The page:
Home Hedge Funds Hedge Funds, PE Firms Aim to Temper SEC’s WhatsApp Probe

Hedge Funds, PE Firms Aim to Temper SEC’s WhatsApp Probe


(Bloomberg) — Top hedge funds and private equity firms including Citadel, KKR & Co. and Blackstone Inc. are discussing ways to blunt any fallout from the Securities and Exchange Commission’s crackdown on the financial industry’s use of disappearing messaging apps.

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With the regulator stepping up efforts to police Wall Street’s electronic communications, some of the firms have held talks on a legal approach and what potential settlements could look like, according to people familiar with the discussions. The goal is to minimize any fines and ensure that if they reach a settlement, no firm is singled out for a harsher penalty, said the people, who weren’t authorized to speak publicly.

And while hedge fund Citadel has talked with the group, Ken Griffin’s Miami-based fund is still prepared to fight the regulator in court if necessary, the people said. Citadel has made the case to resist, arguing that the rules requiring brokerages to keep records don’t apply to hedge funds and private equity, the people said.

The firms are seeking to limit fallout from a sweeping probe into whether financial companies failed to preserve work texts sent by dealmakers and executives on their personal devices and messaging apps. The SEC is asserting that the once-widespread use of phones and apps like WhatsApp, Telegram and Signal broke the agency’s rules and made investigating securities crimes significantly harder.

Representatives for KKR, Blackstone, Citadel and the SEC declined to comment.

Read More: Citadel Ready to Spar With Gensler’s SEC Over WhatsApp Probe

Each firm will have to negotiate with the regulator on its own, and the SEC has yet to accuse, sue or settle with any private equity firm or hedge fund about the matter. The regulator could ultimately decide against bringing actions against them.

Disclosure Rules

Under SEC rules, many financial firms have to maintain records of all business communications to track how their transactions were negotiated in case authorities later need to look into possible misconduct. But messages on apps weren’t tracked by employers, and in some cases were set to self-delete after they were sent. This left no way for authorities to recover the content.

Over the past three years, regulators have fined Wall Street banks more than $2.8 billion for the practice, with JPMorgan Chase & Co. paying $200 million and Bank of America Corp. fined $225 million. In February, eight institutions, including US Bancorp and Oppenheimer & Co., paid over $81 million combined in fines to the SEC for their failure to preserve electronic records.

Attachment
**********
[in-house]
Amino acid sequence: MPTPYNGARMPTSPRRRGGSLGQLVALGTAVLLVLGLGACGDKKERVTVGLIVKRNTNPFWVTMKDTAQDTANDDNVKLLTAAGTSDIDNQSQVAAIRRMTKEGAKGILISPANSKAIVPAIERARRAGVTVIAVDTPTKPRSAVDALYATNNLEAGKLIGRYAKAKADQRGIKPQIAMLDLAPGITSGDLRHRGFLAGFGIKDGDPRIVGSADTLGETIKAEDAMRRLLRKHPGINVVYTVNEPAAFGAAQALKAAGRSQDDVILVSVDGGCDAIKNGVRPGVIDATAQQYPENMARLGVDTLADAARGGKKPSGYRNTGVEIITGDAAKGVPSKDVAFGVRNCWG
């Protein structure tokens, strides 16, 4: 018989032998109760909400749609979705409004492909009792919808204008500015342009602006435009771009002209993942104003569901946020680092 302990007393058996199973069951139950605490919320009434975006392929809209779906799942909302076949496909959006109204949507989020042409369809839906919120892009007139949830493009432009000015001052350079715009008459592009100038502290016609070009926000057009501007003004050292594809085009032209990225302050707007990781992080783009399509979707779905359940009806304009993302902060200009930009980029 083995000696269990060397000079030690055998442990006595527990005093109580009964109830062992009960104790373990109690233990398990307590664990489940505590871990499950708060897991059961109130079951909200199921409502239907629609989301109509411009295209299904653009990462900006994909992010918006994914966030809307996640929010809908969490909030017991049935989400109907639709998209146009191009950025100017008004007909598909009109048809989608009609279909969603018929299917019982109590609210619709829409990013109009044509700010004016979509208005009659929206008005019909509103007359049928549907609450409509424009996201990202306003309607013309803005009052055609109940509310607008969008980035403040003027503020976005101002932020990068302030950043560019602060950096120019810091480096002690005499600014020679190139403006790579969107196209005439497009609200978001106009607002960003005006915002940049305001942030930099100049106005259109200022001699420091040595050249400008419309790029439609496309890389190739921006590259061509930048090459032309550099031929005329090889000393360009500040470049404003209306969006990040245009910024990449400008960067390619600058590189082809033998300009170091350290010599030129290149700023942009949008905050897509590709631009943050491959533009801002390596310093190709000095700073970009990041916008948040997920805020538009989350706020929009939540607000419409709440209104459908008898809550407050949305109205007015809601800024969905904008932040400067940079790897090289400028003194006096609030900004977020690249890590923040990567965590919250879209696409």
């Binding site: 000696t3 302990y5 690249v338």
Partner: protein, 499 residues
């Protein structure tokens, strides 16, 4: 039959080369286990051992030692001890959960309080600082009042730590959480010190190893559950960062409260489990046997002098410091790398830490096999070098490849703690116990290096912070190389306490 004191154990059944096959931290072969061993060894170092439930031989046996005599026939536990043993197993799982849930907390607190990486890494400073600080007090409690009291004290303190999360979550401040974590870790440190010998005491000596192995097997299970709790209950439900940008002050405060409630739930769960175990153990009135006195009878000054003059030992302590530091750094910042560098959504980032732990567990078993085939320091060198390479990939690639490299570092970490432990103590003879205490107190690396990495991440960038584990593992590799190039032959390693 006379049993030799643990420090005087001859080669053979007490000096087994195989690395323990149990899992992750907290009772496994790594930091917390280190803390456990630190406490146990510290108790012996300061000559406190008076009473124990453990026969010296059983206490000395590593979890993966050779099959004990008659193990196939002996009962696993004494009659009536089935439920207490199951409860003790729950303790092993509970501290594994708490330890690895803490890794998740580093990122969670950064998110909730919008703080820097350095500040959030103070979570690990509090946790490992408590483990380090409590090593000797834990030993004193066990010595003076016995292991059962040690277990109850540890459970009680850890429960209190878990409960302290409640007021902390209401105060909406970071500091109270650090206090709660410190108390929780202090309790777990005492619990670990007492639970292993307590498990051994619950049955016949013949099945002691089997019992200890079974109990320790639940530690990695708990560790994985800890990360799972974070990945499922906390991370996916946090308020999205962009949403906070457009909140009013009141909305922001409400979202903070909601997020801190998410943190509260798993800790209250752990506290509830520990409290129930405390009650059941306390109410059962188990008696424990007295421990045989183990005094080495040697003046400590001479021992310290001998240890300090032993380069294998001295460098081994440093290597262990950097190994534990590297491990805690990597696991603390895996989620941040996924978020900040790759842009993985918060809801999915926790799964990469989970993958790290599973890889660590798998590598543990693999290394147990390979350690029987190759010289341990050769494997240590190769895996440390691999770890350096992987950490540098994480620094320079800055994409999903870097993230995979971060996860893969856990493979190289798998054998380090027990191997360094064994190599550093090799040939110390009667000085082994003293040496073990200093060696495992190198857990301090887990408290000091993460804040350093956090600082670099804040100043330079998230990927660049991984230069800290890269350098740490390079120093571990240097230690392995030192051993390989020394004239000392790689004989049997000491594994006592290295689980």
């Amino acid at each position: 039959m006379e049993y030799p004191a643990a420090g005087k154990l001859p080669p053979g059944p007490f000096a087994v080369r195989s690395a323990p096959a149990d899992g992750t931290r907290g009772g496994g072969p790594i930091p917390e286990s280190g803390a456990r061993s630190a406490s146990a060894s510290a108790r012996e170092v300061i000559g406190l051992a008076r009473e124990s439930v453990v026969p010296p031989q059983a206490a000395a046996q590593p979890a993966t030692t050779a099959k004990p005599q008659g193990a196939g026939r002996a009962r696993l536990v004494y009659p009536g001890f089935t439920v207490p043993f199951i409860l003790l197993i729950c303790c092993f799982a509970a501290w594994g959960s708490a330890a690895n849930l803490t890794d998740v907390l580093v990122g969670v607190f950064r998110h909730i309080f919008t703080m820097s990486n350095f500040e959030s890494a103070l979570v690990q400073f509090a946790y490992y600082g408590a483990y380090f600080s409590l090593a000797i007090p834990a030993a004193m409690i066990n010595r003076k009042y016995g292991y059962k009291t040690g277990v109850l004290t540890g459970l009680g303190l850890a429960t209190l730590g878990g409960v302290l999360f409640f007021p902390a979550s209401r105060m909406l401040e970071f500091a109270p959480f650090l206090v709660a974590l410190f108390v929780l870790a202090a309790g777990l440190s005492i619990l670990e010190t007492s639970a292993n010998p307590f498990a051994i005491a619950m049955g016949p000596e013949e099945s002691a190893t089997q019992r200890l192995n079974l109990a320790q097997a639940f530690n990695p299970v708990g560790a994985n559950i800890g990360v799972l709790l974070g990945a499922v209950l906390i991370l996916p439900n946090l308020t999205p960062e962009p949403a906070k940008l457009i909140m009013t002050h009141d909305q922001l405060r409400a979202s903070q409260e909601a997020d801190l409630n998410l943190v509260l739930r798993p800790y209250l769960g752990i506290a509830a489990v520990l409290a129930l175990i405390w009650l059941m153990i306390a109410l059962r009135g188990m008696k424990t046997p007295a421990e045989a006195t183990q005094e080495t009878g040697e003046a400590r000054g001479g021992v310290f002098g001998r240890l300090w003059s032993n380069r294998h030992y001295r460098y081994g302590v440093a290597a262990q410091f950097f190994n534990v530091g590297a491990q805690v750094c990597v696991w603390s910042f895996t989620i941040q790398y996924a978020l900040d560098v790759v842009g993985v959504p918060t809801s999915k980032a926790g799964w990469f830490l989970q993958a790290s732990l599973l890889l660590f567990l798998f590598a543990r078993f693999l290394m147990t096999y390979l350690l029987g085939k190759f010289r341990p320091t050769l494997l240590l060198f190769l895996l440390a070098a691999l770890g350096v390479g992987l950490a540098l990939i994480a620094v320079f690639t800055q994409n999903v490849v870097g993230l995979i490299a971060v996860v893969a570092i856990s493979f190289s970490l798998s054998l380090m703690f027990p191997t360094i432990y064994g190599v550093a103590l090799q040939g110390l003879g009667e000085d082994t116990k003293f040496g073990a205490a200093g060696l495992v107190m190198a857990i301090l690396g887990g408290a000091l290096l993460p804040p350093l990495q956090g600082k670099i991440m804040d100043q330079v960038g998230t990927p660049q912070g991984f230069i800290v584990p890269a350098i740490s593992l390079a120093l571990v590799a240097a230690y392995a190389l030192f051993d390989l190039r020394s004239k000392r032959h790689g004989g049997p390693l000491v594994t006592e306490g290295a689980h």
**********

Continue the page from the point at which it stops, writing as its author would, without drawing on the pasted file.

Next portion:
The SEC investigation is complicated by the agency’s diverging rules for banks, hedge funds and private equity. Banks register with the SEC primarily as brokers, while hedge funds and private equity usually register as investment advisers and have to meet an easier set of rules. Lawyers and trade groups for the investment firms have argued that this means the SEC has no basis to censure or fine the firms for the disputed apps.

Still, money managers don’t get a free pass; they have to maintain records on matters such as investment recommendations. Since the probe began, firms across the industry have limited staff use of texting and personal devices for business.

Fines Vary

It is unlikely any firm tries to preemptively sue the SEC, instead waiting for the regulator to enforce a subpoena or drop their probe. Bloomberg reported in September that Citadel was gearing up for a potential legal battle against the regulator if needed.

SEC fines for similar behavior can vary widely based on the severity or breadth of the misconduct. Firms can also get credit for self-reporting a violation. That was the case at Perella Weinberg, which paid just $2.5 million tied to the use of messaging apps.

Faced with resistance from some of the wealthiest and most aggressive institutions in the world, the SEC could decide it’s best to settle with them instead of engaging in a costly and time-consuming fight.

But Gurbir Grewal, the SEC’s enforcement chief, has regularly pointed to the messaging sweep as one of his top priorities continuing into 2024.

“I’ve heard the criticism and the commentary that it’s low-hanging fruit, that it’s just a cash cow for the SEC, and that’s just nonsense,” Grewal said at a January conference. “These are some of the most important cases we brought.”

(An earlier version of this story was corrected to clarify in first and second paragraph that probe is industrywide and not all firms have discussed potential settlements.)

(Adds recent fines in eighth paragraph.)

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